He had broken the color barrier in 1947 and won the NL MVP in 1949, and Brooklyn had reached the World Series in each of those seasons and 1952—but had never won it.
In 1953, the Dodgers went down 2-0 to the Yankees (who finished 99-52) in the Fall Classic.
Brooklyn won the next two contests, but New York finished with a pair of victories to take the Big Apple-centric World Series.
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Stan “The Man” Musial paced baseball with a .357 average and .988 OPS in 1943.
He also led the game with 220 hits, 48 doubles and 20 triples.
Concurrently, the Red Birds flew ahead of the pack with 105 wins.
Musial won rings with St. Louis in 1942, 1944 and 1946, so this isn’t some Ernie Banks-esque tale. And like the Dodgers, the Cardinals enjoyed enough previous and subsequent postseason success to take the sting out.
Then again, the Cardinals’ 4-1 loss to the 98-win Yanks was a noteworthy letdown.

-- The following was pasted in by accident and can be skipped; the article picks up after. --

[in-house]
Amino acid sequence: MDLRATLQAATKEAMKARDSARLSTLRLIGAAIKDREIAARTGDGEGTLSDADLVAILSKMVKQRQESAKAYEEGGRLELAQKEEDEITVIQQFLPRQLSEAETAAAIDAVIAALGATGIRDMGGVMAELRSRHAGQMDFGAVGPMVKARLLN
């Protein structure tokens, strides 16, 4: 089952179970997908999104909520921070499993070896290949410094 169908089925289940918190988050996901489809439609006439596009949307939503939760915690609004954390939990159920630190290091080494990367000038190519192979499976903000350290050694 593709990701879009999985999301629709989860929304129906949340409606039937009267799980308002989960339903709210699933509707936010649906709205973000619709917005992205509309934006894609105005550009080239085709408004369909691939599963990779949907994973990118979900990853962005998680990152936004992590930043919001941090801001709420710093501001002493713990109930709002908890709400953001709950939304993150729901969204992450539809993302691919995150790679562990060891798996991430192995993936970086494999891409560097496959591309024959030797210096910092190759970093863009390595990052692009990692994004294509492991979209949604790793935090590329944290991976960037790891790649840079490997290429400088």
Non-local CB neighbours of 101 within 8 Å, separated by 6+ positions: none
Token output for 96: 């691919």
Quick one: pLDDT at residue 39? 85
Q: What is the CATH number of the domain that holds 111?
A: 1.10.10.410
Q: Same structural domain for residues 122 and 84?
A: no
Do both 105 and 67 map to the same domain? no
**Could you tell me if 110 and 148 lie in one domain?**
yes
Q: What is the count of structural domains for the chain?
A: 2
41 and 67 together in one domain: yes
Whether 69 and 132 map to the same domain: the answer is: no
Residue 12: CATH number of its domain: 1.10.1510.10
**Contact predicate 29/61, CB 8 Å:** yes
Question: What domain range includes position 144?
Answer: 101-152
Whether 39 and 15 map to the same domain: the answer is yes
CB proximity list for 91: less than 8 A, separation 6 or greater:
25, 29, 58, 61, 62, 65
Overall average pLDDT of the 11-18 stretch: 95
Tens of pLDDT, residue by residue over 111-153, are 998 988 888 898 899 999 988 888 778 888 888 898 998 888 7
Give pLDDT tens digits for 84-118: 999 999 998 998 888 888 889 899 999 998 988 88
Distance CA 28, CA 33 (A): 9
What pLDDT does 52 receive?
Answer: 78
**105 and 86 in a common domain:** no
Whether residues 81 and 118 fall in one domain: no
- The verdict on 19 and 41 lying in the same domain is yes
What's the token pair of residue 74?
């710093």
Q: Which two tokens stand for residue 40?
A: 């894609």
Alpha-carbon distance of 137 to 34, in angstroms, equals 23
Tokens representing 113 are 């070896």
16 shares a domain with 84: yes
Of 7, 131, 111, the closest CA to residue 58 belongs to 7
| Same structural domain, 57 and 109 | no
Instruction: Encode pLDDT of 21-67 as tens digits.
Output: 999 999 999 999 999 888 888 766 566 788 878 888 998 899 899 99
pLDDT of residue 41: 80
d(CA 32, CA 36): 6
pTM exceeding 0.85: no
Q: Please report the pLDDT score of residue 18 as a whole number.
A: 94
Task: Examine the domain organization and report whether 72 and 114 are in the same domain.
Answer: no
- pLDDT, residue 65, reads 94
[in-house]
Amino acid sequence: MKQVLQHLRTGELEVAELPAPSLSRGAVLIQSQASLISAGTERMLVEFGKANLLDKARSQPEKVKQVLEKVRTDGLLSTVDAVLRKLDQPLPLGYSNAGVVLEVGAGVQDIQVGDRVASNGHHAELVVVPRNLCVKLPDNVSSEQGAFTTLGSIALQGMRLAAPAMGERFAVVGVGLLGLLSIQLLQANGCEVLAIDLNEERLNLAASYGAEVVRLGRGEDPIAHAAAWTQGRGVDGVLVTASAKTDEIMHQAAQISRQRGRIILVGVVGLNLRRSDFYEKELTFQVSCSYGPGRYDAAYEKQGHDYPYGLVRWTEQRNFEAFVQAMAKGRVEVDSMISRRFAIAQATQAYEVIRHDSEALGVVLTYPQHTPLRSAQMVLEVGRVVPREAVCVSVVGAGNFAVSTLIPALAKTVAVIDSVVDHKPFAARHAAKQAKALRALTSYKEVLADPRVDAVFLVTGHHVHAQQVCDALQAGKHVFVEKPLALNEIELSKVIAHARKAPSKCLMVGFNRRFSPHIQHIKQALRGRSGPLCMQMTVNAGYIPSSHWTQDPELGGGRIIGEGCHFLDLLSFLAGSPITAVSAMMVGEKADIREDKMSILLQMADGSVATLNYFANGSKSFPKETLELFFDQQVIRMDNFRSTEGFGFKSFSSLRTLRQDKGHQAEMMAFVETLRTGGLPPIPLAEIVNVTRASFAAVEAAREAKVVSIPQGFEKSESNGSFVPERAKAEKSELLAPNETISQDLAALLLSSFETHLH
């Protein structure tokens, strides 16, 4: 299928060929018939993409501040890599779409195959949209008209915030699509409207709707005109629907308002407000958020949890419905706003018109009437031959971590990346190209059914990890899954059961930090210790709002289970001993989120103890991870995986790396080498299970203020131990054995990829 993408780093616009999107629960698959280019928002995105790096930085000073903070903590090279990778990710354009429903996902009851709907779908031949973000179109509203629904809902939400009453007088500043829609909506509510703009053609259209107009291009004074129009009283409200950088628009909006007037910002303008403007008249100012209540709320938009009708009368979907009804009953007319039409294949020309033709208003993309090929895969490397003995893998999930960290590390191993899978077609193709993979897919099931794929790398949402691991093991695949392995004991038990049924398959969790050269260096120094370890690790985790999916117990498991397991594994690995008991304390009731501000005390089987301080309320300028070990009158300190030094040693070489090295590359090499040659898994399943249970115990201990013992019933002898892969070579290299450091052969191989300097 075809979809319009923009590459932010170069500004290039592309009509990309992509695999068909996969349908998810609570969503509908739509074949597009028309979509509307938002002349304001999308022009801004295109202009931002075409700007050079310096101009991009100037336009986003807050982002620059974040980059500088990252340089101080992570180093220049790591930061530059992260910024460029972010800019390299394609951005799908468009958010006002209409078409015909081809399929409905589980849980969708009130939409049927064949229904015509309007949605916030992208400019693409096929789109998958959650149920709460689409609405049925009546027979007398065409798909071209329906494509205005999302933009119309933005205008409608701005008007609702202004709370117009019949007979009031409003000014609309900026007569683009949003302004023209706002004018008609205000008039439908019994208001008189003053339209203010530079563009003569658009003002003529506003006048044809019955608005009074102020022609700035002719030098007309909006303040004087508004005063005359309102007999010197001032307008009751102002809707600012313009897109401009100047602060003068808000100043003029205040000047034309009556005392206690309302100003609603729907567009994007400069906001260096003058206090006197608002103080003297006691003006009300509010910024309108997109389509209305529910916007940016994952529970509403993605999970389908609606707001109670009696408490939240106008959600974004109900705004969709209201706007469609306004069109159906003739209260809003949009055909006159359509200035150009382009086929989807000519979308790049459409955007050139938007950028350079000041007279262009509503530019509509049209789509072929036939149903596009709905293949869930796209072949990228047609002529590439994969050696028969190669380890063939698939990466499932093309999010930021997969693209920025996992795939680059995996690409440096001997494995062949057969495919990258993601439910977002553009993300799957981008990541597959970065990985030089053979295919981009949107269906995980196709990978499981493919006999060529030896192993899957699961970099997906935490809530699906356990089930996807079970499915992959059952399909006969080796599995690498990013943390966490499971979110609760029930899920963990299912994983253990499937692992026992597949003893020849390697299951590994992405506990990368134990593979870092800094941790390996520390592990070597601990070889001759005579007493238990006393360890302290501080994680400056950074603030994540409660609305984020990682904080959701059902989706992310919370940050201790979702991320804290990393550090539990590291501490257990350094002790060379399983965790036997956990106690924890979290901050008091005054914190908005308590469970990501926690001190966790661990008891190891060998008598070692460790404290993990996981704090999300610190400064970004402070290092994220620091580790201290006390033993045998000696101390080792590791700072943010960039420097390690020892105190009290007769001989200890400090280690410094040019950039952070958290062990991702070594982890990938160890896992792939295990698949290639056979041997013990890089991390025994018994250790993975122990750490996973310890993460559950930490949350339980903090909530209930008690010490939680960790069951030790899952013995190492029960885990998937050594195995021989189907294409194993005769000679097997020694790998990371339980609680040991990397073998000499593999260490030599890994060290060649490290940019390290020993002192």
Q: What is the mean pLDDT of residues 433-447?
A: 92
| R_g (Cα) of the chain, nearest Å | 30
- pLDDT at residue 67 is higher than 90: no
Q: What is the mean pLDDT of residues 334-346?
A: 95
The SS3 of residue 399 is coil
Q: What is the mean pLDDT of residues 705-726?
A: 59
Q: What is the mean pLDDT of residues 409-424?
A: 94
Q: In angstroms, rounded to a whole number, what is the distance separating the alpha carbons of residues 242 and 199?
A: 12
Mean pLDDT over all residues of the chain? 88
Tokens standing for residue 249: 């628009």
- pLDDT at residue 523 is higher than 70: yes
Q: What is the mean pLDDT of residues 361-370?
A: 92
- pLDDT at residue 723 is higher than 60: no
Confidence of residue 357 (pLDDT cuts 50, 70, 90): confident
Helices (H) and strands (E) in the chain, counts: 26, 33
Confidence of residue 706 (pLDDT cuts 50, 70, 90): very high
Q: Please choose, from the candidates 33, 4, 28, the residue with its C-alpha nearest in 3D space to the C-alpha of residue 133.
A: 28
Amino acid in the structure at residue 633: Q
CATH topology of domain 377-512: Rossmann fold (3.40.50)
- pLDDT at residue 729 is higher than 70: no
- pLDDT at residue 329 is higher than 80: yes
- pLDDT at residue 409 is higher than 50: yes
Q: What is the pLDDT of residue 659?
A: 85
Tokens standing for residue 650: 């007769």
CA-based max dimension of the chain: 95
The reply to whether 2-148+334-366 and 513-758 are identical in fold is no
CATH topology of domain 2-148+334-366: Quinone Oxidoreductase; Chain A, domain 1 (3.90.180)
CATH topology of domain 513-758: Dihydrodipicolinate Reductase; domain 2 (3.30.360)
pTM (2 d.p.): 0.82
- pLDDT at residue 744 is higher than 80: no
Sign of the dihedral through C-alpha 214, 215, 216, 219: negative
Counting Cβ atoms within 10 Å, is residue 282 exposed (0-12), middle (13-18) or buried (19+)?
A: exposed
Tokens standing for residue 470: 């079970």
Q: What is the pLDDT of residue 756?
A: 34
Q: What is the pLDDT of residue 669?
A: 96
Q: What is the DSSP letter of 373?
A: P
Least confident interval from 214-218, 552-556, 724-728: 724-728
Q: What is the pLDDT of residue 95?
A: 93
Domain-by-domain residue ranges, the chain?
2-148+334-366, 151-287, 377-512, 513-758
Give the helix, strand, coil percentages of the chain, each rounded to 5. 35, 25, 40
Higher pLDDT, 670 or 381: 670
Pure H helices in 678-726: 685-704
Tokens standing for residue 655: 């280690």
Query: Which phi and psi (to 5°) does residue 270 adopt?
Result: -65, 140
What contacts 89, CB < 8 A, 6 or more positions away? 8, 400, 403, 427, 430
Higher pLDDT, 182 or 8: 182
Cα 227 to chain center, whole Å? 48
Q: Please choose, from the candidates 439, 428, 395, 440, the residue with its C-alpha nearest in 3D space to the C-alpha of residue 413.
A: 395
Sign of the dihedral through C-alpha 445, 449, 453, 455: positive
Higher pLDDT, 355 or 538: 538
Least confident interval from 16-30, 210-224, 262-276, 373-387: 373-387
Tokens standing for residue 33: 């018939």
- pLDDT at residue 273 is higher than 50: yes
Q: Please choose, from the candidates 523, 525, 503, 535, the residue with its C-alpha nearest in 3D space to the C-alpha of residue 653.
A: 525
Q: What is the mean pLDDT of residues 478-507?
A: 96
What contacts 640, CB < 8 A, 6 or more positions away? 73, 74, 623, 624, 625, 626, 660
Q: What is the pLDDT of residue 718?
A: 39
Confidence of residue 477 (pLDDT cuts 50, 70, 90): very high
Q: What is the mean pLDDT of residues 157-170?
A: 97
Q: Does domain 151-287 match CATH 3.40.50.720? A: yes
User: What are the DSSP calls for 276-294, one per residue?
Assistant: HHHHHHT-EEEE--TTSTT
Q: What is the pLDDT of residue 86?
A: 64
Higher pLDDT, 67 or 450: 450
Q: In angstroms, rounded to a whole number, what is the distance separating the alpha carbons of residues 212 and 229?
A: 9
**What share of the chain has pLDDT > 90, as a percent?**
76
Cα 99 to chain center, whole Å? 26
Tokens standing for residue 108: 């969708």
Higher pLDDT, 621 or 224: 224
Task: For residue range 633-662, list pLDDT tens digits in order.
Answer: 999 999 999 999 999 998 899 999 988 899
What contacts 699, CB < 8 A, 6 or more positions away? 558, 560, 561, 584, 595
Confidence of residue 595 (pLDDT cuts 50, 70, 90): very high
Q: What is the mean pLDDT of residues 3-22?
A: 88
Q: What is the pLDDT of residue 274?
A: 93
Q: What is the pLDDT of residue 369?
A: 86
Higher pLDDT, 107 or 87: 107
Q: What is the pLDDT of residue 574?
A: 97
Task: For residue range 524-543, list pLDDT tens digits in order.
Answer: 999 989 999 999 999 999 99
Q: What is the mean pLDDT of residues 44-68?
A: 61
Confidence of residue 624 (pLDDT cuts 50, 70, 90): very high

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Baltimore Orioles fans can be forgiven for weeping this season as the O’s limped to a 47-115 finish and traded key assets such as infielder Manny Machado and reliever Zach Britton.
In 1969, however, Baltimore endured an arguably more painful fate.
The Birds soared to a 109-53 finish behind Hall of Famers Brooks Robinson and Frank Robinson but lost in five games to the New York Mets in the World Series.
This series is remembered for the “Miracle Mets,” who’d been a laughingstock prior to ’69, but the O’s deserve their portion of blame for falling short.
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In 1930, the Athletics defeated the Cardinals in the World Series, 4-2. In 1929, they won it all in five games over the Cubs.
In 1931, Philadelphia won 107 games behind legendary manager Connie Mack and again faced the Cards in the Fall Classic. Continued dominance seemed inevitable.
Al Simmons had hit .390. Lefty Grove had gone 31-4 with a 2.06 ERA. The stage was set for a three-peat.
Instead, the Cardinals flipped the script and won the series in seven games.
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Subtracting the 1994 strike-annulled season, the Braves made the playoffs ever year from 1991 to 2005.
They won the World Series only once during that span, in 1995 against the Cleveland Indians.
We mentioned the 104-win 1993 season. But the Braves’ biggest “what if” was 1998, when they won 106 games and the National League East by 18 games behind the trio of Greg Maddux, Tom Glavine and John Smoltz.